By, George Howell (CNN)
Millions watched Sunday night as grown men crushed each other, and there are growing fears about the impact, of all that impact.
So, imagine when it’s kids being encouraged to crush each other. A new reality show called “Friday Night Tykes” on Esquire Network is drawing criticism for its “tough love” approach. It has many asking, “Have children’s football coaches gone too far?”
“You have the opportunity today to rip their freakin’ head off, and let them bleed,” says one of the coaches during a practice on the reality show.
The show features five San Antonio football teams, with children as young as 8 years-old.
With coaches shouting things like, “Don’t give me that soft crap” and “I don’t care how much pain you’re in, you don’t quit,” some say it’s proof children are being pushed too far in sports.
The coaches though, say it’s about teaching discipline through tough love.
But it’s prompts like these, that are getting two of the coaches in trouble: “This is where you earn your play time!” “If that kid comes across, I want you to put it in his helmet. Do you understand?” “Yes sir!” “I don’t care if you don’t’ get up. Let’s go.”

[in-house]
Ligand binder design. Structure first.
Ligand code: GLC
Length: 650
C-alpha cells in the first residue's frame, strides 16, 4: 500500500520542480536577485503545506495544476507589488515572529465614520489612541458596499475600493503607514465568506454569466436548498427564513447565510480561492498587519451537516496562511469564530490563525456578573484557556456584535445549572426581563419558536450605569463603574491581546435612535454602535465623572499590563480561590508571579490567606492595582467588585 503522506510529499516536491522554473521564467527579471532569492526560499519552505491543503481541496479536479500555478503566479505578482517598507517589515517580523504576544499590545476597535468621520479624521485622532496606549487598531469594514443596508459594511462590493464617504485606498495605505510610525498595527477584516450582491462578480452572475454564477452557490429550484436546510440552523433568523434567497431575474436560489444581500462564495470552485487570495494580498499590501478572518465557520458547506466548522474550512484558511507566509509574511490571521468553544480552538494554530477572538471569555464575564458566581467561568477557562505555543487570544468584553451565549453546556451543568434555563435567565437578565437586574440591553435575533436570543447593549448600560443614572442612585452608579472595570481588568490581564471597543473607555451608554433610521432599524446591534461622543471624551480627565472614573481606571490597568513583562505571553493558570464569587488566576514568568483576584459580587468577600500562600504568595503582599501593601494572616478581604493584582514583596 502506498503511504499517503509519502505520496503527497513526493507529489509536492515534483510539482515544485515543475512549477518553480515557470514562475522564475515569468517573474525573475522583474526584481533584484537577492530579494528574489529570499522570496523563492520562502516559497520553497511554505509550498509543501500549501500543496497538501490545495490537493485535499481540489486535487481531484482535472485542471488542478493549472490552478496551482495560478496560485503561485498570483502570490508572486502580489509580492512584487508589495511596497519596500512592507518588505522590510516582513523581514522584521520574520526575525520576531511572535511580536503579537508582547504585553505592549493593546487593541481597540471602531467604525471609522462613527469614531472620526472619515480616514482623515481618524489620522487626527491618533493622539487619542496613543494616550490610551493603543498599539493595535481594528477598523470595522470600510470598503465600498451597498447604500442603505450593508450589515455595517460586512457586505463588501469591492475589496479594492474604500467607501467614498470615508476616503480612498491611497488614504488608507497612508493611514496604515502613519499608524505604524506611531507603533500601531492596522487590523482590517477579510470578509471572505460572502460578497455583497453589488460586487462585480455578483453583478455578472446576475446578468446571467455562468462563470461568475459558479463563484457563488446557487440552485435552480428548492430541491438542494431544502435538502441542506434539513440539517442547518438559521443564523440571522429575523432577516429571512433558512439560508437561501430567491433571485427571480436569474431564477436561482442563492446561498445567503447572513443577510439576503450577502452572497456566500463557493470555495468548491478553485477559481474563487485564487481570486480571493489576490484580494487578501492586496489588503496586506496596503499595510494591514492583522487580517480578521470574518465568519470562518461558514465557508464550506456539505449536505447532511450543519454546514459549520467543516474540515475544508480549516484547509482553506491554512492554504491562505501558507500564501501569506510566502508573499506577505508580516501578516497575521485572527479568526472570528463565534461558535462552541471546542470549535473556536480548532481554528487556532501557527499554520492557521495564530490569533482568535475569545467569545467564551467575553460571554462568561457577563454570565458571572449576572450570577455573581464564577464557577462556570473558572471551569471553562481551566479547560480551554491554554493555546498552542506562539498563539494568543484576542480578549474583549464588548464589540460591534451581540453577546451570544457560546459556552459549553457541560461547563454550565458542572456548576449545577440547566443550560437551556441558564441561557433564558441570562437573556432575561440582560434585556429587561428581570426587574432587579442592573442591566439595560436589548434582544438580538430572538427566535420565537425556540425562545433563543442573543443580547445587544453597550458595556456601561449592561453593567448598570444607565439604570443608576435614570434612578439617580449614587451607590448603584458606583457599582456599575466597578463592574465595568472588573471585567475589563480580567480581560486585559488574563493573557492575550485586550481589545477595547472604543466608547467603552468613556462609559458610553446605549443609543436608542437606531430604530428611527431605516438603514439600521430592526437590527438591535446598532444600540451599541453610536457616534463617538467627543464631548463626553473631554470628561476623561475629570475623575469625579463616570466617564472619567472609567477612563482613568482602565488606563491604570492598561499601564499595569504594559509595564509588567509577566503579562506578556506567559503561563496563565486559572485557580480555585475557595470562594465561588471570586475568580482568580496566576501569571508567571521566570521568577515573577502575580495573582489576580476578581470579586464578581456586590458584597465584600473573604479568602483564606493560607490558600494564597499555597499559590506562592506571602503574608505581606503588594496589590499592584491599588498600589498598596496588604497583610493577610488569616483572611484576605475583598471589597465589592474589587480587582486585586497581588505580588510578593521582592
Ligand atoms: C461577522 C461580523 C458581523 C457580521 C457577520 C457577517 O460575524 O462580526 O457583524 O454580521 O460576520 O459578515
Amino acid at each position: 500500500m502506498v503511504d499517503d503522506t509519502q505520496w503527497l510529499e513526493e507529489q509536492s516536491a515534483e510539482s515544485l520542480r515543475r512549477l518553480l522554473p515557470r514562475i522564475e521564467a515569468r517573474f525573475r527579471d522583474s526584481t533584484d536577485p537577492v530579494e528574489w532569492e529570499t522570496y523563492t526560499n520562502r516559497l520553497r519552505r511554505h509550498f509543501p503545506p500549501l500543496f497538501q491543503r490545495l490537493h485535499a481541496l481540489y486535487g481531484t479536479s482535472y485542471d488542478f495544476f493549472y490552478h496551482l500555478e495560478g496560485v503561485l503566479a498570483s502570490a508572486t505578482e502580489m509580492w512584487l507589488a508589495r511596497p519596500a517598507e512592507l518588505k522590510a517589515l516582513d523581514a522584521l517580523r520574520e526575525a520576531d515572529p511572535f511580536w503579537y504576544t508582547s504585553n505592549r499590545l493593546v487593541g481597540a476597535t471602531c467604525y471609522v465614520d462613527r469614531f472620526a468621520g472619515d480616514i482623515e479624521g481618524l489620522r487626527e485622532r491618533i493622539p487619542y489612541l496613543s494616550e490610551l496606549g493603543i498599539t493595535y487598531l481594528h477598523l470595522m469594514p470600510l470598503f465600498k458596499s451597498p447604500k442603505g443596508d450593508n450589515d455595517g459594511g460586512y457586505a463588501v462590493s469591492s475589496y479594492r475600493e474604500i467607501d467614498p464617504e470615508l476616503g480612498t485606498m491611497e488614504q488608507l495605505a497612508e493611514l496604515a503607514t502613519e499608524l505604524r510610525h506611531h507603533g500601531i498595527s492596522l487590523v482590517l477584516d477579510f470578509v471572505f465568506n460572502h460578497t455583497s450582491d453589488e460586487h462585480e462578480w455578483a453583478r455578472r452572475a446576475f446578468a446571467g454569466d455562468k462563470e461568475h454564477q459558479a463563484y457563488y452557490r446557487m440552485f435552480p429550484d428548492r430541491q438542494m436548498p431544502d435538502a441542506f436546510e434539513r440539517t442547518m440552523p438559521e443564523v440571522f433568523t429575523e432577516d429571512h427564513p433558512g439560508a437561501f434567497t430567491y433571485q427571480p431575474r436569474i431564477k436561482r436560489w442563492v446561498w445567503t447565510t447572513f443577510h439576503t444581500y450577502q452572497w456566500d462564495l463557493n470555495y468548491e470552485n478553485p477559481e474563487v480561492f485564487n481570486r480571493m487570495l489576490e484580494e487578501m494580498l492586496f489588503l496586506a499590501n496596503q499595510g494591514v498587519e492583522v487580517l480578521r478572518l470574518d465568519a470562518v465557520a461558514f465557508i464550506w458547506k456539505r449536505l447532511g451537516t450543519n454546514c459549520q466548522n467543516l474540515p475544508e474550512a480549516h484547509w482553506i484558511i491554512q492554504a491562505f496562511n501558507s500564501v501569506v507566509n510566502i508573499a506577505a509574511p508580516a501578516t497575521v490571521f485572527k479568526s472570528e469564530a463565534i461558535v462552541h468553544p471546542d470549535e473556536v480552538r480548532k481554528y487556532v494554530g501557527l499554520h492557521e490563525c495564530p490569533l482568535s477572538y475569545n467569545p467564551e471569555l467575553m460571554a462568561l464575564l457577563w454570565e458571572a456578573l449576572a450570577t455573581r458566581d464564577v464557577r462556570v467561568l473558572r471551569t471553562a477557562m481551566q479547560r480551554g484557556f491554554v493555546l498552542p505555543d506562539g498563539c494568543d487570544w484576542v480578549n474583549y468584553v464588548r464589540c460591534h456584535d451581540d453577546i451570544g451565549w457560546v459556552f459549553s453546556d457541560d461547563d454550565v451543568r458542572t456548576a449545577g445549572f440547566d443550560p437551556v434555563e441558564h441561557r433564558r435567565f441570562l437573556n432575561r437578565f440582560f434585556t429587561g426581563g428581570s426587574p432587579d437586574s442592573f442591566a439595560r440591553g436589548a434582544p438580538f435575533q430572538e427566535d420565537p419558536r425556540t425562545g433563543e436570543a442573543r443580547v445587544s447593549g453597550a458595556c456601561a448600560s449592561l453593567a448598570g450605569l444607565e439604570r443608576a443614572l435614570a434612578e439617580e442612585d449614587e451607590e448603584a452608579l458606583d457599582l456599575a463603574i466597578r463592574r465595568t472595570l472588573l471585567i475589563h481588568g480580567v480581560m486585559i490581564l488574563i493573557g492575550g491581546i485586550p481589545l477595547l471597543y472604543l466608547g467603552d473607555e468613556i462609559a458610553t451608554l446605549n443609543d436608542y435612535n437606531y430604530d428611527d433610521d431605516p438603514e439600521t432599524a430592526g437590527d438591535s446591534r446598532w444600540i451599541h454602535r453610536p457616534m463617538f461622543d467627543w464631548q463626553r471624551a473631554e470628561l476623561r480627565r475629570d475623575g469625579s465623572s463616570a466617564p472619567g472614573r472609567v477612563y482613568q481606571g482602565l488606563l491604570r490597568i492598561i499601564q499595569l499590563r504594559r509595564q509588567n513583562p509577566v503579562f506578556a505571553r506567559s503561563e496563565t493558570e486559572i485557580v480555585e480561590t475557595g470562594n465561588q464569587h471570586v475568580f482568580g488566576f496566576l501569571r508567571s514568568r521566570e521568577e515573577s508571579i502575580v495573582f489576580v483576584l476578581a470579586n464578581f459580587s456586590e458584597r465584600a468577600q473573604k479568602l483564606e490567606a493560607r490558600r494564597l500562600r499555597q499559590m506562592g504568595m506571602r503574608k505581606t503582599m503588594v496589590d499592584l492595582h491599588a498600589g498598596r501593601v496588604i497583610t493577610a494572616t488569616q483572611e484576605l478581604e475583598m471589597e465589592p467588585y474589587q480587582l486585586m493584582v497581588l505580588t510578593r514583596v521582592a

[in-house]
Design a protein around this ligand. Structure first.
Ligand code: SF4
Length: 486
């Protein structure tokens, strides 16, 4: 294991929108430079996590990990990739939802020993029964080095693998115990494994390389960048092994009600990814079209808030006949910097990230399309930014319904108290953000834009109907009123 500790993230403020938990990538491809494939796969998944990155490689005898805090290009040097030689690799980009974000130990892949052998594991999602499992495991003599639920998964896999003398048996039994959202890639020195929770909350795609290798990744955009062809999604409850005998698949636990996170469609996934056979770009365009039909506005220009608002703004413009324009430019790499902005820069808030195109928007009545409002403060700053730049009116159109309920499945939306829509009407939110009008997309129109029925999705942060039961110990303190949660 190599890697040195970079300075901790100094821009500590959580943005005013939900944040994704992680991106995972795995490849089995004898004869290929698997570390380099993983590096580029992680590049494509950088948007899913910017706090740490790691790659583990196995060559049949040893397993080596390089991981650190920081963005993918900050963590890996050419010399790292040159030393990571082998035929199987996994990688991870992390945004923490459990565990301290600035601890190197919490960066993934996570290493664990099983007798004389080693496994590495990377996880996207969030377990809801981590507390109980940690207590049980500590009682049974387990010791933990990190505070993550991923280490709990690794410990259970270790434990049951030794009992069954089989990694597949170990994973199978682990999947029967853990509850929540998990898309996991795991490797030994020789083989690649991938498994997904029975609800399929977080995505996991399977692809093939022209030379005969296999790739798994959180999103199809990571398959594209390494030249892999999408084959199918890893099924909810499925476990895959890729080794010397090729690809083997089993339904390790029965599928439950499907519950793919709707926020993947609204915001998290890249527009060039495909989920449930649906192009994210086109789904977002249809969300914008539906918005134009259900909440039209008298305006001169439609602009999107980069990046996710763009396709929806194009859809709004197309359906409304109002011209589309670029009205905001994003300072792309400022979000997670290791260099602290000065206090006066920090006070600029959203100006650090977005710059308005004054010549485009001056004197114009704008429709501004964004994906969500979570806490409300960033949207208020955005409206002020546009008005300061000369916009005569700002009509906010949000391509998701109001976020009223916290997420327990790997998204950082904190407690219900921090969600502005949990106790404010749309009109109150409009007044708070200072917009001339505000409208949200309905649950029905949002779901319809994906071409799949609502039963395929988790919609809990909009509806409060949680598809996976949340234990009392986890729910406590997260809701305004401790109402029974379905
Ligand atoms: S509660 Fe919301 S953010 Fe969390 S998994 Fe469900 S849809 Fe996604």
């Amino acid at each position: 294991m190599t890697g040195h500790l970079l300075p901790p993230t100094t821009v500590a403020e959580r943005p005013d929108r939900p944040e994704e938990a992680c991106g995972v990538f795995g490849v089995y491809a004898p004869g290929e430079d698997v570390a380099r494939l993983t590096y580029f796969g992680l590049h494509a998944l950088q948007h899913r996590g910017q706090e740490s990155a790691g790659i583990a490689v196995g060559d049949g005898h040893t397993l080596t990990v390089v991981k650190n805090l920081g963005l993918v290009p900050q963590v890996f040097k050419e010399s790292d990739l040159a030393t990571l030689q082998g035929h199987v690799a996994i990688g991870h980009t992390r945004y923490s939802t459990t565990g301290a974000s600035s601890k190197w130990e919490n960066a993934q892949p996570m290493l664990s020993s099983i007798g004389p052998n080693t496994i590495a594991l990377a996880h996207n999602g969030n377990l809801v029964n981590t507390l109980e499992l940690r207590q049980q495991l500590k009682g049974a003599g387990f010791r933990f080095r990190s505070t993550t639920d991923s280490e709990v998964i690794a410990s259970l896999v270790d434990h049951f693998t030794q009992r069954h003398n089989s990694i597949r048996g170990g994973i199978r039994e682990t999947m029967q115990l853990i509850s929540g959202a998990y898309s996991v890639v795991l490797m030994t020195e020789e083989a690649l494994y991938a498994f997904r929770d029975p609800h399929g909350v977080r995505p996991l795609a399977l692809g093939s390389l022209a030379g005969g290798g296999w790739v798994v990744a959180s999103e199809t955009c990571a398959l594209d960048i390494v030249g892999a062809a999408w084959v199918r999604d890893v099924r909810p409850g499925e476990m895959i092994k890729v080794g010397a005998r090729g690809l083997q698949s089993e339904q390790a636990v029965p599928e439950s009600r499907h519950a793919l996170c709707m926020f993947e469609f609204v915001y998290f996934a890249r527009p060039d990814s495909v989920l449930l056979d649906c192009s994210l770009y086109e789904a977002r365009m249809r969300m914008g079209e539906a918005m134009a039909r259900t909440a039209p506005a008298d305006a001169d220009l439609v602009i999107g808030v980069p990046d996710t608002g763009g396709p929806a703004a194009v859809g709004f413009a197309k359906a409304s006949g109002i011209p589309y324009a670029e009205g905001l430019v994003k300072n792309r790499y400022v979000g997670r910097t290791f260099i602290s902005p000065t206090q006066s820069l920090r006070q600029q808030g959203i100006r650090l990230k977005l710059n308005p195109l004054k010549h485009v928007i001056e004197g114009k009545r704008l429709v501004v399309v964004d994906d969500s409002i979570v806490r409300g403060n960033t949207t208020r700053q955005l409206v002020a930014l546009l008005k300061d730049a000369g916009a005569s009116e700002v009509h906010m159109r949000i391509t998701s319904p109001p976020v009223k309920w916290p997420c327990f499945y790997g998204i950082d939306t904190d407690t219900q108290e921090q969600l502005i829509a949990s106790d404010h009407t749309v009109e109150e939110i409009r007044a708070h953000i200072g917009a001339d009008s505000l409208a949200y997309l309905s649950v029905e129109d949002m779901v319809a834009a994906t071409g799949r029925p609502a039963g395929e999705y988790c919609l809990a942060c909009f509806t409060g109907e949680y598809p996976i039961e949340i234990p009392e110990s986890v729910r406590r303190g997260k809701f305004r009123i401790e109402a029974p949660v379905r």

Two of the coaches now find themselves facing consequences. One has been suspended after cameras caught him telling players to hit the other team in the head. Coach Charles Chavarria admits, “I have regrets with my actions and behaviors. I do have regrets with the shows. I’ve lost a lot. “The CEO of the Texas Youth Football Association and a league parents are defending the program, saying, “I think what is not being shown is, you know, these hits in the show is not mentioning what’s happening after the fact, that the coaches are pulling the kids together to correct their actions as far as to say, this is not the proper way you tackle.”
“It is an intense activity and our kids are pushing themselves, but it’s because they have the potential for that greatness.”
Some experts though, say the aggressive techniques and hard hits are putting kids at risk of suffering serious injuries, saying, “It’s everything that’s wrong with youth football, and to some degree it’s a lot of what’s wrong with television.”
With more episodes planned to air, the debate continues about whether these young athletes are being pushed to their full potential, or being pushed past the limit.